Thanksgiving: Let the Church Lead the Way
Thanksgiving Day marks a breather for workers and students. It offers a cherished occasion for family gatherings. And it reminds us of the Christian foundation of America. While secularists are renaming and marginalizing any spiritual significance of Christian holidays, the Church is left to say otherwise. The giving of thanks ought to characterize us as Christ followers. Hence, during a season of thanksgiving, the Church is called to the forefront. This is our chance to practice and herald the concept of attributing our blessings to God’s providence. For several reasons, the Church should lead the way at Thanksgiving.
In giving thanks, the Church points our nation to a dependence on God
When it comes to relying on God, we are a fickle nation. We’ve seen how a national crisis like 911 can turn our thoughts to God. But most of the time, business goes on as usual. In 1863, in the midst of a Civil War, President Abraham Lincoln, issued a proclamation setting the last Thursday of November as Thanksgiving Day across the United States. In pointing out the positives, he wrote,
“No human counsel hath devised nor hath any mortal hand worked out these great things. They are the gracious gifts of the Most High God, who, while dealing with us in anger for our sins, hath nevertheless remembered mercy. It has seemed to me fit and proper that they should be solemnly, reverently and gratefully acknowledged as with one heart and one voice by the whole American People.”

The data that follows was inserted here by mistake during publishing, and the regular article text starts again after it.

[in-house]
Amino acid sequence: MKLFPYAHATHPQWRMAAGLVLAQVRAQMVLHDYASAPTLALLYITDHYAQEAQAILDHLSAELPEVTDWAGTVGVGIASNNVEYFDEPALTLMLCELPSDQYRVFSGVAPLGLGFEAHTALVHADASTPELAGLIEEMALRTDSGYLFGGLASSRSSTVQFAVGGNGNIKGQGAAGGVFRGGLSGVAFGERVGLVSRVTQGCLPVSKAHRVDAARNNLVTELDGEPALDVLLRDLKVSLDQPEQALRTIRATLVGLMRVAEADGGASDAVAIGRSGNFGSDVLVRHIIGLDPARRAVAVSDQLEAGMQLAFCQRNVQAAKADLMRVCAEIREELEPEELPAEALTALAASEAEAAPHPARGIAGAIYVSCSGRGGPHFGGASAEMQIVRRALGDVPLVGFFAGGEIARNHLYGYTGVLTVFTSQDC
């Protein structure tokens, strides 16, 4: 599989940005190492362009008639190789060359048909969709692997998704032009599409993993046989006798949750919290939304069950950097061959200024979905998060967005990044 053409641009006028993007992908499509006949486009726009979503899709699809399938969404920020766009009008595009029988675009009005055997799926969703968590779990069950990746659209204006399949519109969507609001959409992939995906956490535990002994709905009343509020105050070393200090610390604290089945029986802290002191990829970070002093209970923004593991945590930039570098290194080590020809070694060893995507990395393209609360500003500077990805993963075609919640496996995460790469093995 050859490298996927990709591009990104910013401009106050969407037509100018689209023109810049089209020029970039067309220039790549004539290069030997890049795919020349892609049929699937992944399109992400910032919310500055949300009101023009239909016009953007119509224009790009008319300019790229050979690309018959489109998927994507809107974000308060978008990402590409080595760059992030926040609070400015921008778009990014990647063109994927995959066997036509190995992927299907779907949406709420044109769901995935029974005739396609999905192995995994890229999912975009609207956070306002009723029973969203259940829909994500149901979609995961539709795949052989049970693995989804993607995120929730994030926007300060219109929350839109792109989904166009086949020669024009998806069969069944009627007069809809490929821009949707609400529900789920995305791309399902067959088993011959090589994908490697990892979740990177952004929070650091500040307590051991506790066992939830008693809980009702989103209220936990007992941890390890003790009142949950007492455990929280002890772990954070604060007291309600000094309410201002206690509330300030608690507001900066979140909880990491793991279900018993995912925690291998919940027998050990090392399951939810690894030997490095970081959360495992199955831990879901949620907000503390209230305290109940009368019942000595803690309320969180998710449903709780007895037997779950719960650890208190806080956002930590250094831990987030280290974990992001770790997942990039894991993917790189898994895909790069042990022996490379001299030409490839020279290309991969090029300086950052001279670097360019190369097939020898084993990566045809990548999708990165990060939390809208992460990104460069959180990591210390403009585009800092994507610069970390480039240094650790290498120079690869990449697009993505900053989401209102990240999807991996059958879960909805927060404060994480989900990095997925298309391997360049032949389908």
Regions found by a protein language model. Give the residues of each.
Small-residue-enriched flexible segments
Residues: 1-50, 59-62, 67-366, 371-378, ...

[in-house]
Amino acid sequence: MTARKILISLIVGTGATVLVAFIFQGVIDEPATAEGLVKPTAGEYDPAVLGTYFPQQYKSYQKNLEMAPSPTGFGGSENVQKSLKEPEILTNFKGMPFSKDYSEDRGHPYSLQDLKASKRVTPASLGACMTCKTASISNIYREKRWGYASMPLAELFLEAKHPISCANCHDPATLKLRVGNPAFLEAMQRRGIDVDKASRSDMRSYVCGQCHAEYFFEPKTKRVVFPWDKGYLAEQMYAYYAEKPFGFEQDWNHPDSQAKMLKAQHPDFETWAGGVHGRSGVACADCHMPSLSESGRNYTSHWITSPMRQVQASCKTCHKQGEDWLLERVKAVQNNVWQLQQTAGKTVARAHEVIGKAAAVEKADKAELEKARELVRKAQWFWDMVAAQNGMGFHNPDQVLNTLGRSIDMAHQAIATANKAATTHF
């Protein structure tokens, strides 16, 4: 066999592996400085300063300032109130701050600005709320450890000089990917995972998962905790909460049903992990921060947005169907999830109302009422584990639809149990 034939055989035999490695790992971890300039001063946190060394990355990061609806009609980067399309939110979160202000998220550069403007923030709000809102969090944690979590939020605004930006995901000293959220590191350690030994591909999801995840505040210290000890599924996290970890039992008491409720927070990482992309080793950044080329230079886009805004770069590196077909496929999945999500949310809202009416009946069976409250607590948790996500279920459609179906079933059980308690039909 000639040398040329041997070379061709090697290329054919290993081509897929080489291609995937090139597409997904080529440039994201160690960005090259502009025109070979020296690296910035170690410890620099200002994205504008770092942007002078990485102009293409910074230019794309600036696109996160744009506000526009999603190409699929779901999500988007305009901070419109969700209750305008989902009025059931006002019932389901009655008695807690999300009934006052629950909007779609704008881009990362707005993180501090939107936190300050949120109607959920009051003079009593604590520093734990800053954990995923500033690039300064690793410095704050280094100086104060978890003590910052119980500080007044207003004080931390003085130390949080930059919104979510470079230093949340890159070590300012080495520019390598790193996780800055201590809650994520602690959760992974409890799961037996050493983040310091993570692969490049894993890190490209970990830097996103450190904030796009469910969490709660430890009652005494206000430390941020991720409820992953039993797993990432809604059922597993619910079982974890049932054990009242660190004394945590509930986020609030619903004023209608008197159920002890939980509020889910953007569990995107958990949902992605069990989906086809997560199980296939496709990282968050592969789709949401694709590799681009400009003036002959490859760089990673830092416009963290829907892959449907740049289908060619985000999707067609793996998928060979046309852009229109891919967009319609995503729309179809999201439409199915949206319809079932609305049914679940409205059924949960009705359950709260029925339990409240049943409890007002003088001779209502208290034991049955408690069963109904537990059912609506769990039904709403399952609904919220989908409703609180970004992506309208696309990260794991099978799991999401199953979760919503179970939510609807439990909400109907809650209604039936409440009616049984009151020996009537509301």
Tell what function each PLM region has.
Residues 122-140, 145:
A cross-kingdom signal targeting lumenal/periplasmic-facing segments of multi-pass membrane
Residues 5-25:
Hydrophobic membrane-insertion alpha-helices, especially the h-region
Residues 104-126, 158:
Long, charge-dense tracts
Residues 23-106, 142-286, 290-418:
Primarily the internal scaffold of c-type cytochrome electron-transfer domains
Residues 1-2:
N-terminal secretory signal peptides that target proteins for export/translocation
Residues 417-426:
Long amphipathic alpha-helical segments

In times of peace and harmony, the Church may stand alone, but it must nevertheless stand in reminding a nation of its indebtedness to and dependence on God.
In giving thanks, the Church proclaims the gospel of Christ
The Church is entrusted with communicating the message of salvation to the lost. A sound gospel presentation begins with exposing sin and calling unbelievers to repentance. The apostle Paul laid such a foundation by indicting man for the dismissal of his own Creator. Notice his accusation in Romans 1:21a: “For even though they knew God, they did not honor him as God or give thanks . . .”
Man’s ingratitude toward God serves as exhibit A in the case against his depravity and lostness. As we model thankfulness, we raise the issue of redemption and point to the Savior. Thanksgiving is an integral part of the gospel message, and the Church should recognize and preach it.
In giving thanks, the Church embraces its mission to the world
The giving of thanks is a hallmark of our earthly mission. The world is replete with those who seek favor from false gods and credit them for their windfalls. But those who serve the true and living God herald His goodness. The Great Commission of Christ calls for thanksgiving to God to be expressed in every culture and language as a comprehensive global witness. The Psalmist understood that when he wrote, “Therefore I will give thanks to you among the nations, O Lord, and I will sing praises to Your name” (Ps 18:49). We are obedient to Christ’s mission when we name our God as the source of all blessings.
During this Thanksgiving season, let the Church lead the way in abundant gratitude to our God. May there be no confusion about how we feel and to Whom we are indebted. For we know the truth, that “He is not far from each one of us; for in Him we live and move and exist” (Acts 17:27b-28a).